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Schilling thinks he can win

Bustos focused on politics, ex-congressman says

ROCK ISLAND – In 2011, the Democrats drew the new 17th Congressional District, which includes Whiteside County, with the purpose of electing a Democrat.

That strategy worked last year when Rep. Cheri Bustos, D-East Moline, beat incumbent Bobby Schilling, R-Colona, who was elected in 2010.

Still, Schilling, who announced last month that he was running again in 2014, said he believes he can take back the seat, especially in an off-year election.

In 2012, Schilling said, President Barack Obama beat Republican Mitt Romney by 50,000 votes in the 17th District, but "we were able to flip 32,000 over to us."

Also, in the currently drawn district, 25,000 more voters cast their ballots for the Republican congressional candidate over the Democat in 2010, Schilling said.

In a telephone interview with Sauk Valley Media on Monday, the former congressman took aim at his successor, saying she is focused on politics at the expense of her constituents.

"We're supposed to be the servants of the people," Schilling said. "When we had our flooding [in the Quad Cities] going on, she did a photo op with Gov. [Pat] Quinn, then flew to Portland, Ore., for fundraising."

On April 19, Bustos and other Quad Cities officials attended a Quinn news conference in front of a flooding Rock River. An online search showed that Bustos visited Portland, Ore., about 2 weeks later, on May 2, when she went with U.S. Rep. Earl Blumenauer, D-Ore., on a factory tour.

A news release indicated a "packed schedule of events" in Portland for the two congressmen that day, but listed no fundraiser, although politicians often decline to publicize their quest for campaign cash.

In a statement Monday, Bustos' office said she has spent every day putting her constituents' best interests first.

"Congresswoman Bustos and our office were quick to react and worked closely with FEMA in response to the floods earlier this year, and we continue to work cases for flood victims," the statement read.

After Schilling announced his intentions in July, her office released a statement in response to Schilling's candidacy, saying she was focused on creating jobs and protecting Social Security and Medicare, not an election more than a year away.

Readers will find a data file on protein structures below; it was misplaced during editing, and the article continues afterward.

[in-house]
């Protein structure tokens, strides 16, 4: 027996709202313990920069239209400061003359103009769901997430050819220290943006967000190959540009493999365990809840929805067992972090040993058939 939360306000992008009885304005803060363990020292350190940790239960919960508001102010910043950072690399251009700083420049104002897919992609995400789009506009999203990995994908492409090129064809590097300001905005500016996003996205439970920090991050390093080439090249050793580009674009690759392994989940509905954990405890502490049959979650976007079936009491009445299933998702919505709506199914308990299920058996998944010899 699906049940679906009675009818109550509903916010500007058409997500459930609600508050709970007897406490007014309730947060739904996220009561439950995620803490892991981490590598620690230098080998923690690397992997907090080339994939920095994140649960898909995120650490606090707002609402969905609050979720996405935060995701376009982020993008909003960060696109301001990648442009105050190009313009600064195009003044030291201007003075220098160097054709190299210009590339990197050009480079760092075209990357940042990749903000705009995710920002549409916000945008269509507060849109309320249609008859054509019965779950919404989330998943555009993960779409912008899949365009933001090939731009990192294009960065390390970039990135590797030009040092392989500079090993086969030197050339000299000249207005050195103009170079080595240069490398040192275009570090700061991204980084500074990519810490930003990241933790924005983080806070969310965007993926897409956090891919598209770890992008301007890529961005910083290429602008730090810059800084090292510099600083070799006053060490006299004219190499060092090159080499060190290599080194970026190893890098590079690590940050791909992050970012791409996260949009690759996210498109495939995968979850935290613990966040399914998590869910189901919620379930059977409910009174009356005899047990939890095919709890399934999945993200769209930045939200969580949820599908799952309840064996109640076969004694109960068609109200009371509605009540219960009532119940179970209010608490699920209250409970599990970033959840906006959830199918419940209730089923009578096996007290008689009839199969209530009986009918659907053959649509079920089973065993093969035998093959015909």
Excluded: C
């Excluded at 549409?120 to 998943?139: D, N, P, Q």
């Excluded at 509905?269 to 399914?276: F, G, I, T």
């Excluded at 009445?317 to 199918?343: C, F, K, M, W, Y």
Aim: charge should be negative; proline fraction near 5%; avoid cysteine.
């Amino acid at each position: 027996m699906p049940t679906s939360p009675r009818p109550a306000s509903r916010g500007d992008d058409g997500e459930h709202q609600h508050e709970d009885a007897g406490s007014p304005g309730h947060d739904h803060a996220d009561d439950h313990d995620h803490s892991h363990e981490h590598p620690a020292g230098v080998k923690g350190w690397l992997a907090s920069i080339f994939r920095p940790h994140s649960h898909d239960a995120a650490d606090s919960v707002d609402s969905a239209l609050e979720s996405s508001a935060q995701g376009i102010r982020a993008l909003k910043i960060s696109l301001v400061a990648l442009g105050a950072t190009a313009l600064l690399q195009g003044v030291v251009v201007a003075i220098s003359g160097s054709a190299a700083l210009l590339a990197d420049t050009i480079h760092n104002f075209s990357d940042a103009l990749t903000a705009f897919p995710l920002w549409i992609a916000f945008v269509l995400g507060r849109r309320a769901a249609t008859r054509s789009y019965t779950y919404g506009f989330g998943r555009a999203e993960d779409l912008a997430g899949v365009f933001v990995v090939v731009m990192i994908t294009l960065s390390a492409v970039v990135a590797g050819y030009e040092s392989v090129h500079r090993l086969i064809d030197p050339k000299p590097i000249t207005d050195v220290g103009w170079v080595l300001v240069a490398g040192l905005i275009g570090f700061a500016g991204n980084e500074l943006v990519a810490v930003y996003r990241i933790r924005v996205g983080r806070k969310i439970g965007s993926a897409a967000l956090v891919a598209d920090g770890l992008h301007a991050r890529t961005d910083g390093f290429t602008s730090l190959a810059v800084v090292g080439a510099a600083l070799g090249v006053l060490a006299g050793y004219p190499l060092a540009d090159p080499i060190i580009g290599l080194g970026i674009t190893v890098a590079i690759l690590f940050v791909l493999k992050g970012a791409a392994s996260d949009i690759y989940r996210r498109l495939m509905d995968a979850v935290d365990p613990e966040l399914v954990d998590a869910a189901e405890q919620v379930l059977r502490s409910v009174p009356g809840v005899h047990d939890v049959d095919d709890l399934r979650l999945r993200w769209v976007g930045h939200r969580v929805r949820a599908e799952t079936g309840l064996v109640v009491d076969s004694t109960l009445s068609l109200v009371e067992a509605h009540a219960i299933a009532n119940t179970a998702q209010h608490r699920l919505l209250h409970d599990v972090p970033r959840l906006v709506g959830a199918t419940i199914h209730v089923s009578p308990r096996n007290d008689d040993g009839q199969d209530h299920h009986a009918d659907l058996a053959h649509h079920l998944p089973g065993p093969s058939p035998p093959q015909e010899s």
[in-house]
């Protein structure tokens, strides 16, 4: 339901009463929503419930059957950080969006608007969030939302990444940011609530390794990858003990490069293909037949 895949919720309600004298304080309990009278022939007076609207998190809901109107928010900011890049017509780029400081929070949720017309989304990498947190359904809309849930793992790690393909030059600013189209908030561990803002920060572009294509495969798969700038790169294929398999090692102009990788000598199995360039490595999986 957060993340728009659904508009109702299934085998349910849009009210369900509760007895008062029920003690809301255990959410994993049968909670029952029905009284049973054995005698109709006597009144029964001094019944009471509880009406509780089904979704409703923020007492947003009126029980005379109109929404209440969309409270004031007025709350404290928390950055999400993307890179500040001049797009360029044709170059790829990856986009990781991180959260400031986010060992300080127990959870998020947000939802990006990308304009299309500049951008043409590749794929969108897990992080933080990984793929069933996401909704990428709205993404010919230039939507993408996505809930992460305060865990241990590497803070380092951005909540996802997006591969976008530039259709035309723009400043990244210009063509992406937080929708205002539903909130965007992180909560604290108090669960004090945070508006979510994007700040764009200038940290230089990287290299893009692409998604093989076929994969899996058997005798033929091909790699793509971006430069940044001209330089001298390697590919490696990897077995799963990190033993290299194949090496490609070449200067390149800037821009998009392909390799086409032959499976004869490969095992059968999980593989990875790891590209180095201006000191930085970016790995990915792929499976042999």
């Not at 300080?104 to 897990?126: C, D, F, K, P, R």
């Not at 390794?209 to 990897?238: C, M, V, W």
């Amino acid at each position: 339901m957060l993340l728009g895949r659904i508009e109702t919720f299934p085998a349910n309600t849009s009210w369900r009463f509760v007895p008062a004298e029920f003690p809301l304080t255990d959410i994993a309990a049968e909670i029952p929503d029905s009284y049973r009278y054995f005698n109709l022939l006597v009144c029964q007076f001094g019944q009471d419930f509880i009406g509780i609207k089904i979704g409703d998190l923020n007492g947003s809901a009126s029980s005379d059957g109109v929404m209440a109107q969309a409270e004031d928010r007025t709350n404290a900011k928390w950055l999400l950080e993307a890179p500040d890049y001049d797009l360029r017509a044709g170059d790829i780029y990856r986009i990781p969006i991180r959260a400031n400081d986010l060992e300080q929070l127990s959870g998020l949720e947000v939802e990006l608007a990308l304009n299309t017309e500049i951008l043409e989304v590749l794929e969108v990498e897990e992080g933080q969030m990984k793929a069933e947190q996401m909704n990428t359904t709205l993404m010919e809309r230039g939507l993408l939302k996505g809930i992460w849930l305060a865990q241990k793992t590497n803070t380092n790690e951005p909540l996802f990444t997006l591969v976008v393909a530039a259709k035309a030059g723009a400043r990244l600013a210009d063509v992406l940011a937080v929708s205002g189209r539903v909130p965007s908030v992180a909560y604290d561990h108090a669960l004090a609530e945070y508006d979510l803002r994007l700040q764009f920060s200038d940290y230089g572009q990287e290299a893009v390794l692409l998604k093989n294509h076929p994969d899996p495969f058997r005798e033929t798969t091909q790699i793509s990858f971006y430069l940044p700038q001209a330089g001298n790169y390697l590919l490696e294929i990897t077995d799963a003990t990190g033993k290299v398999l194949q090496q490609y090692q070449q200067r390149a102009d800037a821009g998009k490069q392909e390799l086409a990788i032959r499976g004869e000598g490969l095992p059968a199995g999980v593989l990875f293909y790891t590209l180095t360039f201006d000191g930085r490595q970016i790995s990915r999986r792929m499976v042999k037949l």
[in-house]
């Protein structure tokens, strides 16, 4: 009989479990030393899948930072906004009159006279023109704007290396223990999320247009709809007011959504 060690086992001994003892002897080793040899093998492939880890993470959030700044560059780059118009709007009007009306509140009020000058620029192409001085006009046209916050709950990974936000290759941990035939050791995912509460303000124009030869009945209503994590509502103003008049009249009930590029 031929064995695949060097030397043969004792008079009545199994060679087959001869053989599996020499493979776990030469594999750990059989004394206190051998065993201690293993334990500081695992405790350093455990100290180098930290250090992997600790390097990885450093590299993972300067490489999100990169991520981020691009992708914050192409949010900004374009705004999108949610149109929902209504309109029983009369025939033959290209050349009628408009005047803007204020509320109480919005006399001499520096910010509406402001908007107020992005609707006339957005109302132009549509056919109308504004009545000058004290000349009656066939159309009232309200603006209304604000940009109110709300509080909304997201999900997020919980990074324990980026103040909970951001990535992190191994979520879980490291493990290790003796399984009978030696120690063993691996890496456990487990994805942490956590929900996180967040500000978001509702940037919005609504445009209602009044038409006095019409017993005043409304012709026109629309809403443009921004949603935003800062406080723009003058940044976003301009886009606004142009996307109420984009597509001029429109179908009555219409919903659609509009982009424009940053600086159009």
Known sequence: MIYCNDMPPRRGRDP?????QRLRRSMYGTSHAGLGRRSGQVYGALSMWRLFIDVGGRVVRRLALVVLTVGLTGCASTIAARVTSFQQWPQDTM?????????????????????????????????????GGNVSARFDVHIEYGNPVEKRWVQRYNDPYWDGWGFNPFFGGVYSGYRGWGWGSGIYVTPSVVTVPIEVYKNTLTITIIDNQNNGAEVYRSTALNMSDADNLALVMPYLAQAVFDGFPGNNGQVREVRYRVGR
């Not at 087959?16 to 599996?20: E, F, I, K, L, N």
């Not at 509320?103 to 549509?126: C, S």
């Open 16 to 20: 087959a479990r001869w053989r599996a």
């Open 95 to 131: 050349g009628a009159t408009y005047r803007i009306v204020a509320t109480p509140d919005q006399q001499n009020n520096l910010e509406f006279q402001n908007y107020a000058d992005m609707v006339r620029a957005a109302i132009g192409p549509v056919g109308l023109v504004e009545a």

Last month, when Obama visited Galesburg, which is in the 17th Congressional District, Bustos attended his event. Schilling said he had no problem with her doing so, but said she should have returned to Washington to vote on a defense appropriations bill later that day.

He acknowledged that the bill passed by a big margin – 315-109 – but added that Bustos should realize defense is important in the 17th District.

"We have 9,500 people working at Rock Island Arsenal. That's the livelihood of the Illinois Quad Cities. She chose to campaign with the president rather than vote," Schilling said. "If I was in Congress and a Republican came into the district, I would have flown out to Washington and made sure my vote counted."

Bustos' office said she "capitalized on an unparalleled opportunity to advocate for the hardworking people of Illinois and their incredible manufacturing skills when the president visited Galesburg."

Schilling plans to run in the Republican primary in March. His only GOP opponent so far is Rock Island attorney Eric Reyes.

The issues

Here are some of former Rep. Bobby Schilling's positions on the issues:

 Immigration: Would vote no on the Senate's version of immigration reform, which calls for a pathway to citizenship and includes guarantees for greater border security. "Do we need immigration reform? You're darn right we do," Schilling said. But he said he fears that President Obama will do what he has done with health care reform, picking only certain provisions to enforce. The president, he said, may well pull border security out of the bill and in 10 or 15 years, "we'll be right back where we are now."

 Farm bill: Said he would need to research the issue more before saying whether he would have voted for the farm bill. The Republican-led House recently passed the farm bill without the food stamp funding that is usually included. He said he wants to make sure food stamps are there for people "truly in need," but to cut out abuses in the program. As for farm subsidies, he said, people must be qualified for them and that the government should not "throw them to anyone who signs on."

 Taxes: Before he left office in early January, Schilling voted against raising taxes on wealthier taxpayers. "It was a tax increase with no cuts. This is what frustrates me about Cheri Bustos and the president. A balanced approach can't be raising taxes on top earners with no cuts. To get the economy growing, you can't just keep increasing the size of government."

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